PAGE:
Finally! It was an extremely long wait before I could watch Takashi Miike's The Mole Song: Hong Kong Capriccio [Mogura No Uta: Hong Kong Kyoso-Kyoku], the sequel to Miike's own The Mole Song: Undercover Agent Reiji. I really loved that one back then, sadly an English-friendly release never materialized itself for this follow-up. But good things come to those who wait and not too surprisingly, Hong Kong Capriccio didn't disappoint in the slightest.
Hong Kong Capriccio takes off where the first film left off. Not that it matters a whole lot, this is one of those trademark wacky Miike films, which don't particularly answer to common logic. Five minutes in a bunch of yakuza henchmen are being roasted over a big fire while another group of gangsters is doing a happy folk dance around them. By that time it should be clear for the audience that there's little else to do but put yourself in Miike's hands and let yourself be swept away by his follies.
It's the start of a film that seems to go wherever it wants to go, always a clear sign that you're about to watch one of Miike's better films. If its his more serious, more down-to-earth stuff you're after, better turn around because you're really not in the right place here. Hong Kong Capriccio is a constant onslaught of weird, kooky and nonsensical moments that are rendered with such fun and enthusiasm that it's almost impossible not to get caught up in the vibe of the film, then again it's not going to be everyone's cup of tea.
The story ... well. Agent Reiji goes deeper underground and becomes the personal bodyguard of Todoroki, the big chief of the Sukiyakai gang. Things get a bit messy when Todoroki's daughter falls for Reiji, but gets kidnapped under his watch. The ones behind the kidnapping are the Dragon Skulls, a Chinese crime syndicate that is looking to settle their conflict with the Todoroki gang once and for all. They threaten to sell Todoroki's daughter off at some auction if he doesn't step down, but Todoroki isn't willing to budge and sends Reiji to the auction to solve his problem.
Visually there is a lot to admire here. It's extremely rare to see a bonkers film like this get such a big budget and Miike really makes the most of it. Sure enough, some of the CG is still a little shoddy (like the tiger), but at least it's always functional and it always adds something extra to the film. Cinematography, lighting and color work are all top notch though, painting the entire film in a warm and rich glow. Add some superb animated scenes and some grand settings and you get a true visual spectacle.
The soundtrack is not up to par with the visuals, but that was to be expected. Apart from a pretty hilarious theme song, the music just fills some quiet gaps and supports whatever is happening on screen. It's really not a bad soundtrack, it's just another one of those completely inconspicuous selections of music which are there simply because it's expected for a film to have at least some music in it. While it doesn't let the rest of the film down, I do feel that Miike neglects the chance to add another layer of comedy to the film.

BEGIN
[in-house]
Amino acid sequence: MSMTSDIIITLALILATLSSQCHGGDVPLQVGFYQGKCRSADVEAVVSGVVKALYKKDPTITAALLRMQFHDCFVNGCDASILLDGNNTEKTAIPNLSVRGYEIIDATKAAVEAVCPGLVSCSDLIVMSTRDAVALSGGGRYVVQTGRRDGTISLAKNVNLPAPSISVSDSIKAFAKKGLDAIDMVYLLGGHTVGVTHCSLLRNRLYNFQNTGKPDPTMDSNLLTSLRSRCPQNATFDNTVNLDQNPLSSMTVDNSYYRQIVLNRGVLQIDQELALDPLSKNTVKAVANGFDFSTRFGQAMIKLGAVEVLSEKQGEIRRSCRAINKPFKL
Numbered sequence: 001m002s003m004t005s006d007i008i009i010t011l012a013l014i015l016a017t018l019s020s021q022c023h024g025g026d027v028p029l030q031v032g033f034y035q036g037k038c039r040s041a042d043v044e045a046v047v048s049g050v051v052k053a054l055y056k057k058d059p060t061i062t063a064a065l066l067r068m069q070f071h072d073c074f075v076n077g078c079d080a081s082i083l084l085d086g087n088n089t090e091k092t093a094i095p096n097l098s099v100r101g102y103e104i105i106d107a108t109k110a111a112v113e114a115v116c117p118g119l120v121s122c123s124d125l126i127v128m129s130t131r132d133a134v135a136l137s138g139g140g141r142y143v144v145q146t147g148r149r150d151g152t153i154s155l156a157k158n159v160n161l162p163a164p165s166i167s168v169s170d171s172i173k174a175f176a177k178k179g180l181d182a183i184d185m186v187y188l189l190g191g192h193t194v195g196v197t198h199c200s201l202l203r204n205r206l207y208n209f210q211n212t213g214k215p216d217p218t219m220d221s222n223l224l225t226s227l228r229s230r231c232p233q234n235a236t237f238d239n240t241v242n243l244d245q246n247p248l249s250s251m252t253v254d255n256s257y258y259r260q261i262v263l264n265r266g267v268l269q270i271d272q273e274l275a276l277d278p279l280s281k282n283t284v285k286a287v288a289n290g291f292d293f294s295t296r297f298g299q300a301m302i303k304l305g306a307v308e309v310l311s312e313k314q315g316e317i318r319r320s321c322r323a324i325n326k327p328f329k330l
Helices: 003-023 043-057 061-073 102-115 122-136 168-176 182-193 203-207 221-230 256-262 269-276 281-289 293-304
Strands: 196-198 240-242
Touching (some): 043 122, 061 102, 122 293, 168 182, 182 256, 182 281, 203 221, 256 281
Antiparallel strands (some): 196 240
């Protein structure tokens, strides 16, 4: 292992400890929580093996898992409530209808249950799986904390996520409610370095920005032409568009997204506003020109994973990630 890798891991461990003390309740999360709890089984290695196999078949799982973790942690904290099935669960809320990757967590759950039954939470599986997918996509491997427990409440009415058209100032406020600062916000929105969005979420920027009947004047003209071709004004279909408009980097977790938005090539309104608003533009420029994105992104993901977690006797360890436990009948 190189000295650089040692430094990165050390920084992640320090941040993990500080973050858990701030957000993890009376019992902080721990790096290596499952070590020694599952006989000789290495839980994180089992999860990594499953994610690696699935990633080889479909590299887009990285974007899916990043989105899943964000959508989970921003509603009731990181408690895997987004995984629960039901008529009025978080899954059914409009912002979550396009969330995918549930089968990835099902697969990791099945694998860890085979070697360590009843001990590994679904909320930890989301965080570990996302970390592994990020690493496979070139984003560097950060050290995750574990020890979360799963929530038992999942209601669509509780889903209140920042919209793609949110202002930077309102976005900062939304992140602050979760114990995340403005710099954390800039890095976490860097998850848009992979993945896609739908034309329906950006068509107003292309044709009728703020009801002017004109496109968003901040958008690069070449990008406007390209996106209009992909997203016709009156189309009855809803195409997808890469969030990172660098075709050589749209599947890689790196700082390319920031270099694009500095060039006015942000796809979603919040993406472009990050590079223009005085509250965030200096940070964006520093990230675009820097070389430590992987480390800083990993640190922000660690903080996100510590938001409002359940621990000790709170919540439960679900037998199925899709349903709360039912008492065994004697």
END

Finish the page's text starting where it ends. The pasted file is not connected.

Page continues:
As for the cast, many familiar faces return for Hong Kong Capriccio. Toma Ikuta and Shin'ichi Tsutsumi take the lead again, Ken'ichi Endo and Riisa Naka sign up for solid secondary parts. Tsubasa Honda and Arata Furuta are the new names that stand out the most. For a film like this you need a cast of actors who dare to make fun of themselves and that's exactly what they are doing here. They give their all, even (and especially) in the scenes where they have to do some extremely silly stuff.
128 minutes is pretty long for a comedy, then again there's also a lot of material to go through. As opposed to some of Miike's older films, there aren't any sequences that are unnecessarily dragged out or slow down for no apparent reason. It's just one steaming train of craziness that hurtles itself forward from start to finish. There's enough variation, both in style, comedy and setting to prevent this film from ever becoming boring, but you do have to be down with Miike's particular sense of absurdity to enjoy it.
Hong Kong Capriccio is a successful sequel to Undercover Agent Reiji. It's more of the same of course, just 130 minutes of that same fun, entertaining and surprising comedy that makes Miike films such unique experiences. There's enough material left for a third film, so fingers crossed that Miike turns this into a full-on trilogy. Getting your hands on Hong Kong Capriccio may still be a challenge, but if you're into Miike's work it's well worth the hassle.